More specifically it has to do with logistics issues arising from the distribution of chemical energy in various parts of an energy (delivery) system and their removal (or, rather, simplification) in case of a transition from a chemical-kinetic to an electro-kinetic solution.

    Note that the car (bus, truck,…) does not have said issues, as the energy store isn’t “distributed,” it merely gets to suffer lower performance once govt’s force the issue.

    They hope to solve the problem by forcing the public into the new schema.

    But what is the problem, what are they trying to solve?

    It’s a riddle, isn’t it?

    🙂

  34. DrLoser says:

    “Carbon fiber R&D” is completely and utterly orthogonal to “EV R&D,” Kurks.

    My fault entirely. I did not stress this enough. I assumed that you might, for once, stop and think.

    De ma faute.

  35. DrLoser says:

    It requires new materials such as carbon fibre (and developing procedures to manufacture and shape them efficiently on a mass scale) and a new chassis with an integrated battery. This is not something you can throw together in a year.

    In the real world, Kurks, we think of this as R&D. The alternative is to sell a half-baked version at cost price.

    I do hope you’re not writing Java for a financial institution, because financial institutions generally expect some basic knowledge of the cost-benefit curve. You could always transfer to the Robert Pogson School of Miser Economics, where the cost-benefit curve can be safely ignored.

    Incidentally, which one are you? An Objectivist, a Libertarian, or a Fascist?

  36. An Out Of Phase Transistor says:

    No, no, no, I wasn’t looking for the excuse (based on a real fact, certainly, but still an excuse); I was curious if anyone managed to connect the dots yet….

    Now, mind you, some domain knowledge is necessary, but since everyone – meaning you, Hammie, and your owner – likes to play the role of the internet-know-it-all, I wondered if they had something to offer; they do like to claim expert insight into all things, after all.

    So, Kurkos, what’s your answer, then? Mhm?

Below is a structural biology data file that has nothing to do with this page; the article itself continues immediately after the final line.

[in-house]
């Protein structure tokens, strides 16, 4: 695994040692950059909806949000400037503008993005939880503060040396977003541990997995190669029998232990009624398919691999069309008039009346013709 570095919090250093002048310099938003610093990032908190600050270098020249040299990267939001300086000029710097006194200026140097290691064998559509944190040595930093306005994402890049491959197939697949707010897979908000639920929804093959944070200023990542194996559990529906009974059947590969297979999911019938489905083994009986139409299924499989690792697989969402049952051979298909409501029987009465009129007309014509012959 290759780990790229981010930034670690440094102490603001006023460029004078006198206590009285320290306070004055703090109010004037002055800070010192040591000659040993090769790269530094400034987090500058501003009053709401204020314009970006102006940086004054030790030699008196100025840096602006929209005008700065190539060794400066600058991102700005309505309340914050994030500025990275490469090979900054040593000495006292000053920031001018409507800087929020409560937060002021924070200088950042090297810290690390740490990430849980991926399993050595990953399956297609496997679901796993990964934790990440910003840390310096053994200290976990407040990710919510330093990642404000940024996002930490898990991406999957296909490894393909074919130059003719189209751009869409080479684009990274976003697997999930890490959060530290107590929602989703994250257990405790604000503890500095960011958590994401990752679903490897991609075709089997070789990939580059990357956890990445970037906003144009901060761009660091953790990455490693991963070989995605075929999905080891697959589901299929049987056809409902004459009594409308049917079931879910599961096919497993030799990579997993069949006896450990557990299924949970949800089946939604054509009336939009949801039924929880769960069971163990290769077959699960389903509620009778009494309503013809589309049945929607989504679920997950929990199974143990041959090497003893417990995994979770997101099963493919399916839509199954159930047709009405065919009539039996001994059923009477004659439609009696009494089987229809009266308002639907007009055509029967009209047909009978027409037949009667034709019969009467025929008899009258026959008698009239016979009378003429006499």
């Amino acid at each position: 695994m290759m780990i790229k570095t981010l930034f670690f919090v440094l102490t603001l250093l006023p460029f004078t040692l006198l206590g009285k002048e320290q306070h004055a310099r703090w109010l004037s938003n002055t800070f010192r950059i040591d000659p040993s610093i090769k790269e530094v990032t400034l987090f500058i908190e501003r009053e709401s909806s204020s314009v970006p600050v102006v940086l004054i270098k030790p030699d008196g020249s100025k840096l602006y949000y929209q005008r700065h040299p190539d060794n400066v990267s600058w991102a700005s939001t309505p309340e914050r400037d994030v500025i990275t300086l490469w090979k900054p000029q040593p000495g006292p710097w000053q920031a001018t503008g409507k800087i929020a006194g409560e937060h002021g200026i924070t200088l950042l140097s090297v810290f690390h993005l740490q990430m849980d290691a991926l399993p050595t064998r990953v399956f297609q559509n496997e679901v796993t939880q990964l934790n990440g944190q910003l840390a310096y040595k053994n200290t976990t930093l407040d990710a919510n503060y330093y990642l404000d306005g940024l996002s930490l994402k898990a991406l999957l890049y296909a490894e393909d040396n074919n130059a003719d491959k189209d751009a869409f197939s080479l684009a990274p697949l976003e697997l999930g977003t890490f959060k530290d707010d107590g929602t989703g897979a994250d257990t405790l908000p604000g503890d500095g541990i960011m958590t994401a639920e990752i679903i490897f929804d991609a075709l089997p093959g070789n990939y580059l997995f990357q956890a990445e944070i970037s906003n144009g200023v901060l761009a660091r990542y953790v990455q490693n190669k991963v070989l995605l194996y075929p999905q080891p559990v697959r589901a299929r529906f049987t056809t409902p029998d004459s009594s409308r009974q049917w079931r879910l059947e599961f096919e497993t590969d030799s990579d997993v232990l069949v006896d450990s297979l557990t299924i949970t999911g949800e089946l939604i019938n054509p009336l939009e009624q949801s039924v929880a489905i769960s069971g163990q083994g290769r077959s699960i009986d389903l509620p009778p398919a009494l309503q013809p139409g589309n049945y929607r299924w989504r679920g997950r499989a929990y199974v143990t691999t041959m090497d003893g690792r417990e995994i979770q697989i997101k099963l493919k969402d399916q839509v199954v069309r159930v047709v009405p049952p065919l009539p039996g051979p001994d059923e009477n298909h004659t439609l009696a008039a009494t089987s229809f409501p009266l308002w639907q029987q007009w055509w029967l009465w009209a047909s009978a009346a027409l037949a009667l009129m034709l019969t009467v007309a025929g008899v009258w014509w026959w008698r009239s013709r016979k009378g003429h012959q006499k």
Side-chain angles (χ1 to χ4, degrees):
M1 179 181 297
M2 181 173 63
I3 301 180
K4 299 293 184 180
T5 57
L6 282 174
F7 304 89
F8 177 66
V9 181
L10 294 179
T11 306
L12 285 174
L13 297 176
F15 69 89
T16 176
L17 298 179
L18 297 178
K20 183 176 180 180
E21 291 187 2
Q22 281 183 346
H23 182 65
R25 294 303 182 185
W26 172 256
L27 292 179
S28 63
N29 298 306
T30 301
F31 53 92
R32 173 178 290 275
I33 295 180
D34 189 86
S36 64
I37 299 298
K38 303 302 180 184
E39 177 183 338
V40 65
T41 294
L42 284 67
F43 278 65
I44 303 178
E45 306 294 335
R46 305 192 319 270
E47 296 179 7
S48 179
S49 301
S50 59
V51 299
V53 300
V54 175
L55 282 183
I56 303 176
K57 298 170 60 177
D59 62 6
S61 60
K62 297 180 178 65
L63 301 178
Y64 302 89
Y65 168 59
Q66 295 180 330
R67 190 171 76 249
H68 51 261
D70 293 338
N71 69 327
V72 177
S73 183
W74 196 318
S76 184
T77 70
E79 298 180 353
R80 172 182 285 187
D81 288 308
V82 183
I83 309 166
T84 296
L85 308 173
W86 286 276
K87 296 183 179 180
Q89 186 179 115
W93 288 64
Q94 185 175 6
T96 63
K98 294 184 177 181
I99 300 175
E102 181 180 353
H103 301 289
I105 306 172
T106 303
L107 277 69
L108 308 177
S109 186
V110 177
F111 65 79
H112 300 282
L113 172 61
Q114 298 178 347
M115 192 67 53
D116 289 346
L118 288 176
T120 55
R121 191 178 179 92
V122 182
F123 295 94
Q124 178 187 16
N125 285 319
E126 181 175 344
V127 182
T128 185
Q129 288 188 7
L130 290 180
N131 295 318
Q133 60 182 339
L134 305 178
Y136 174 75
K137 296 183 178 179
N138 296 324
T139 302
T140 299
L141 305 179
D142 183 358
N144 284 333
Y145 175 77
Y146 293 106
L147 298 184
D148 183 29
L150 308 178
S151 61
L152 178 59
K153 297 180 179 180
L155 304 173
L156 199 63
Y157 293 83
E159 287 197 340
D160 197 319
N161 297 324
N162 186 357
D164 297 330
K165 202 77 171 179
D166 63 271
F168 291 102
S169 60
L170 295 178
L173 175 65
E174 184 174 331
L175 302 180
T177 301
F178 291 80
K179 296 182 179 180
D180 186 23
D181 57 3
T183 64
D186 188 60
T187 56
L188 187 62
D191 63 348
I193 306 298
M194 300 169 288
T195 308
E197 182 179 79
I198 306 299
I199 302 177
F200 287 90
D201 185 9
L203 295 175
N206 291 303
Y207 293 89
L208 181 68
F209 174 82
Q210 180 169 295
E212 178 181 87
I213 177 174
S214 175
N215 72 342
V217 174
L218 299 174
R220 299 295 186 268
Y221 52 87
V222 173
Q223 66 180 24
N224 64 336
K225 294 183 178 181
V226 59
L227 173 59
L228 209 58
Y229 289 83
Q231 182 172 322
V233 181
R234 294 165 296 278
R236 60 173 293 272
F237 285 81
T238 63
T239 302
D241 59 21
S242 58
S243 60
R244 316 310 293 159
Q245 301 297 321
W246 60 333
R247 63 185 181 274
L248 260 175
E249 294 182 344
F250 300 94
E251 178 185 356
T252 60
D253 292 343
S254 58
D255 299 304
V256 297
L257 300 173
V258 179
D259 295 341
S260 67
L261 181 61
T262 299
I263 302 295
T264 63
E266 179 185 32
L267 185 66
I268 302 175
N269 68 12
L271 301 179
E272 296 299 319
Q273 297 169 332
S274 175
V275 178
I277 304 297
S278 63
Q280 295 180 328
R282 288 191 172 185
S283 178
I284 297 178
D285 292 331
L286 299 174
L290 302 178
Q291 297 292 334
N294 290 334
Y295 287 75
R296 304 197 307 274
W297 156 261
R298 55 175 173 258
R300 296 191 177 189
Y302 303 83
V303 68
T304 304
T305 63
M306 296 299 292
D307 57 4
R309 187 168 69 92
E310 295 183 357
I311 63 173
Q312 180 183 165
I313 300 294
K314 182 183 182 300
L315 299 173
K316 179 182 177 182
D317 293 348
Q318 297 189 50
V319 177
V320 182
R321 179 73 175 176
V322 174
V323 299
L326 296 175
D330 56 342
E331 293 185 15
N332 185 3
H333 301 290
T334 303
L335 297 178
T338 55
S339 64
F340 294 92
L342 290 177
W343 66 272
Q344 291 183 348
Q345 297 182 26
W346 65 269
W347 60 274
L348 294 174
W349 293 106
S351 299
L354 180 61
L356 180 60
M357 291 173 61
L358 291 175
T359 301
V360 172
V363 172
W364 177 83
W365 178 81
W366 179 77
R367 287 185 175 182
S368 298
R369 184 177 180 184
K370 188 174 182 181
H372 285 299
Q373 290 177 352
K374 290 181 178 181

37. kurkosdr says:

    Ill-gotten? Because money made legally as a result of university studies and hard work are ill-gotten, it should all belong to the government so they can pay their early 50-year old pensioners from the public sector, right? I expect this kind of rhetoric from Joe Monco but not by you doctor.

    Now, on to the point, making EVs requires more than plopping a battery and an electric motor in a Golf chassis. It requires new materials such as carbon fibre (and developing procedures to manufacture and shape them efficiently on a mass scale) and a new chassis with an integrated battery. This is not something you can throw together in a year. All those automakers like VW and FCA who think they can treat electrics as “yet another engine” option start with a major handicap.

  38. DrLoser says:

    What is the point of the batteries?

    I can answer that for you, OOP. They save on fossil fuel. Obviously. 100% effieciency over the next five or ten years.

    I bet you’re feeling really silly for missing that point, aren’t you? (Me too.)

  39. An Out Of Phase Transistor says:

    BTW, I take notice that some of you apparently managed to get to the real point i.e. batteries (or so you would have me believe).

    Now, I too, shall ask of you a question (why leave all this to the Doctor); read carefully, for I shall type it only once:

    What is the point of the batteries?

    In the answer, lies the mirror in which you are observing the riddle of EV.

  40. DrLoser says:

    I’m still waiting for this interesting cost-based equivalence between “developing mass-produced carbon fibre” and selling an EV at cost price, btw.

    It’s a sort of “theoretical” waiting. The answer might pop out of Zeus’ head. But it probably won’t.

  41. DrLoser says:

    How the hell did you expect anyone to think about business mergers when you are talking about mats made of dinosaurs?

    We need to read between the lines, Ivan. Or possibly between dinosaur footprints.

    Kurks is a special little entitled* snowflake, and we really shouldn’t melt his brain.

    * He’s not quite sure whether he’s an Objectivist, a Libertarian, or an outright Fascist. Very confusing, if you can’t be bothered to think about it, which Kurks doesn’t. Must be tough, growing up in one of the few Greek households that stashed away their ill-gotten gains from joining the EU.

  42. Ivan says:

    How the hell did you read my comment as being a comment about crude oil?

    How the hell did you expect anyone to think about business mergers when you are talking about mats made of dinosaurs?

  43. kurkosdr says:

    “Now, really, young man. If I can admit to a brain-fart, why can’t you?”